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Some of the world’s biggest CEOs only earn an annual US$1 salary

A number of high-profile CEOs are turning down bumper pay packets and pushing for a nominal one-dollar annual wage.

Evan Spiegel US$1 salary club

What do Facebook’s Mark Zuckerberg, Snapchat’s Evan Spiegel and Alphabet’s Larry Page all have in common? Besides being CEOs of some of the world’s largest tech companies, they also all take a US$1 salary.

On the surface, it may seem counterintuitive for a CEO to reject a higher salary and accept a single dollar a year. But in the vast majority of cases, cash compensation is only one part of the total executive remuneration package CEOs will be receiving, with alternative payments such as stock options or performance-linked bonuses often being far more valuable.

By foregoing a large cash salary and being compensated in company equity, CEOs prove they are closely aligned with shareholders’ aims and inextricably link their personal financial performance to business success.

Tech companies account for around 60% of all businesses with a CEO who receives a $1 salary.

Other CEOs simply don’t need the income. “Many of the CEOs who elect a one-dollar wage are founders of their companies , so they probably have enough ownership in the company to a point where they do not need to be paid a salary,” says Courtney Yu, Director of Research at Equilar, an executive compensation research firm.

Ups and downs of US$1 salary club

Former Hewlett-Packard CEO Meg Whitman is a prime example of when a business leader is well-suited to take a one-dollar salary. When Whitman became CEO of HP in 2011, the company she joined was in dire straits.

Hewlett-Packard had removed Whitman’s predecessor, Léo Apotheker, after 11 months in his role due to falling sales and a misguided decision to purchase a software firm called Autonomy, which resulted is an almost US$9 billion write-off.

Whitman’s goal at Hewlett-Packard was to turn the technology giant’s fortunes around, with a token US$1 annual pay cheque and stock options that couldn’t be cashed out until Hewlett-Packard’s stock price reached 120% of the then-share price.

This showed stakeholders that Whitman would only receive a major payout if she produced substantial value for the company.

After improving the share price through cost-cutting and redundancies, Whitman received a performance-related bonus under HP’s Pay for Results scheme and saw her base salary grow from US$1 to US$1.5 million in 2013.

One-dollar salary: Symbolic or practical?

The decision to adopt a one-dollar salary goes beyond just financial considerations, with many CEOs opting for the tiny wage as a gesture of good faith.

Mark Zuckerberg has been a member of the one-dollar salary club since 2013 and explained why he joined in a 2015 Facebook Q&A, saying:

“I’ve made enough money. At this point, I’m just focused on making sure I do the most possible good with what I have. There are lots of things in the world that need to get fixed and I’m just lucky to have the chance to work on fixing some of them.”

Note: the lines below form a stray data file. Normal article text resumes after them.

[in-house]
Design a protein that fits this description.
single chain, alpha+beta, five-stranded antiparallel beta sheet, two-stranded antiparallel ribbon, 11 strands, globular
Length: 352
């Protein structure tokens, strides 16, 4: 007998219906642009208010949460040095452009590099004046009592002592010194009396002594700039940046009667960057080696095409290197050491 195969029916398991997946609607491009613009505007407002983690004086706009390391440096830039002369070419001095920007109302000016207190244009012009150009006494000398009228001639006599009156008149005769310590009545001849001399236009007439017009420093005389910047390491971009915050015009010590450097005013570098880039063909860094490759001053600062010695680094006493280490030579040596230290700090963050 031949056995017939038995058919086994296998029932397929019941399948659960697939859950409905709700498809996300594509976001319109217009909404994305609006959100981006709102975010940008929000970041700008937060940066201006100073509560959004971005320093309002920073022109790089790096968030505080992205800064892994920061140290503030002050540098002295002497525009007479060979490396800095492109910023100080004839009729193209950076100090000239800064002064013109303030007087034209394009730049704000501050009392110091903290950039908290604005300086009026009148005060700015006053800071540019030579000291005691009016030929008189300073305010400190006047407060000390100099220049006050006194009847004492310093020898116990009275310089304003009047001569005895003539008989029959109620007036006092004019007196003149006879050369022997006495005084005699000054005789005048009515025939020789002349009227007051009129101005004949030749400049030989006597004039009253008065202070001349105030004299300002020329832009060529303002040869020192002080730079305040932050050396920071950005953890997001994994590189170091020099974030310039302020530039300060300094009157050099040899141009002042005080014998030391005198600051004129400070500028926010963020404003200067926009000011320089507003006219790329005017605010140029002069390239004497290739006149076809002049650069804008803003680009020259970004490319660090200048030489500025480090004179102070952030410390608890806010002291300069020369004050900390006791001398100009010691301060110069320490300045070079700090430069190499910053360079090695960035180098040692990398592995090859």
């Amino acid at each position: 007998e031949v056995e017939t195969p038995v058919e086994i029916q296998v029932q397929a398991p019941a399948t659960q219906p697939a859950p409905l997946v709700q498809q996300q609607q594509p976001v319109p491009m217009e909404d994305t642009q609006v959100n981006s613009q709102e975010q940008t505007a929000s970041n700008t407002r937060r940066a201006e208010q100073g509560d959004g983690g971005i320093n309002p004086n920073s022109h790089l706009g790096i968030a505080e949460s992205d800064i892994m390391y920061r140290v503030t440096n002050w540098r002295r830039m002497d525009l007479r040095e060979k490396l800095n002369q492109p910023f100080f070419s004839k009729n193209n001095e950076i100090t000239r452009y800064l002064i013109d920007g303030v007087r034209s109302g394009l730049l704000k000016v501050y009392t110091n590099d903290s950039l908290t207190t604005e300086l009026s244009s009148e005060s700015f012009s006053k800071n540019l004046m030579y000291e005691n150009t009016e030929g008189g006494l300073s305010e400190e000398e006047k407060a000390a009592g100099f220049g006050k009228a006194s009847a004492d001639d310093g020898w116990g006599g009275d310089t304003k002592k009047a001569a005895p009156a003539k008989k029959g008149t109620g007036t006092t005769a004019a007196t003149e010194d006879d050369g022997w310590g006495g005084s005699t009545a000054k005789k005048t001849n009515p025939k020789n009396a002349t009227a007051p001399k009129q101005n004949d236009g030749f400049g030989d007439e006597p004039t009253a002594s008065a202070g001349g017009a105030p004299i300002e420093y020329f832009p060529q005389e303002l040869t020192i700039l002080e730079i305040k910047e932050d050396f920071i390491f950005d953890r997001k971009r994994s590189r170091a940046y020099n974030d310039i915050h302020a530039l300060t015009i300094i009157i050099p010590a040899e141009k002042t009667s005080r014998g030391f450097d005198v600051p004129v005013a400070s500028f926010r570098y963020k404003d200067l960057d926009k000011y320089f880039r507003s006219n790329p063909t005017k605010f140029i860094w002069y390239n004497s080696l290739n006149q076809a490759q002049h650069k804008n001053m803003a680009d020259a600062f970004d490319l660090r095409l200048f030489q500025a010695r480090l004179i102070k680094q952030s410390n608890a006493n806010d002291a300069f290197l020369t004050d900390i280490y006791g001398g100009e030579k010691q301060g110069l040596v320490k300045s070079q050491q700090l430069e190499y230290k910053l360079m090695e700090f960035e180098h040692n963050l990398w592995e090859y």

While CEOs who take a one-dollar salary can expect to receive a positive response from the general public and media, it’s more than just a good public relations move.

“The benefits to the company are likely less financial and more likely intangible,” says Wendy Moore, Partner at law firm Perkins Coie, who counsels on executive compensation.

“For most public-reporting companies who have gone down this route, the CEO’s base salary is a rounding error on the company’s balance sheet. Reducing pay to a dollar is symbolic, not a cost-saving mechanism, as it is for bootstrapped start-ups.”

Clearly, not all CEOs would benefit from switching to a one-dollar salary, especially those who are not already financially independent, but leaders who want to demonstrate their commitment to the long-term future of their company would do well to consider this unique compensation approach.

Is the one-dollar salary a good fit for CEOs of smaller corporations?

The vast majority of companies that have implemented a $1 salary are major, public businesses. But does it make practical business sense for small corporations and medium-sized enterprises to move away from large salaries and offer alternative forms of remuneration?
“It really depends on the growth profile of the company and its long-term strategy. Paying in stock can be a useful way for a smaller, fast-growing organisation to conserve much-needed cash and only paying out if the planned growth materialises,” says Simon Patterson, Managing Director at Pearl Meyer, an international executive compensation consulting firm.
“Again, if the CEO is also a founder, then they may be able to afford to forego a fixed salary, but this won’t work for everyone who has bills to pay,” says Patterson.

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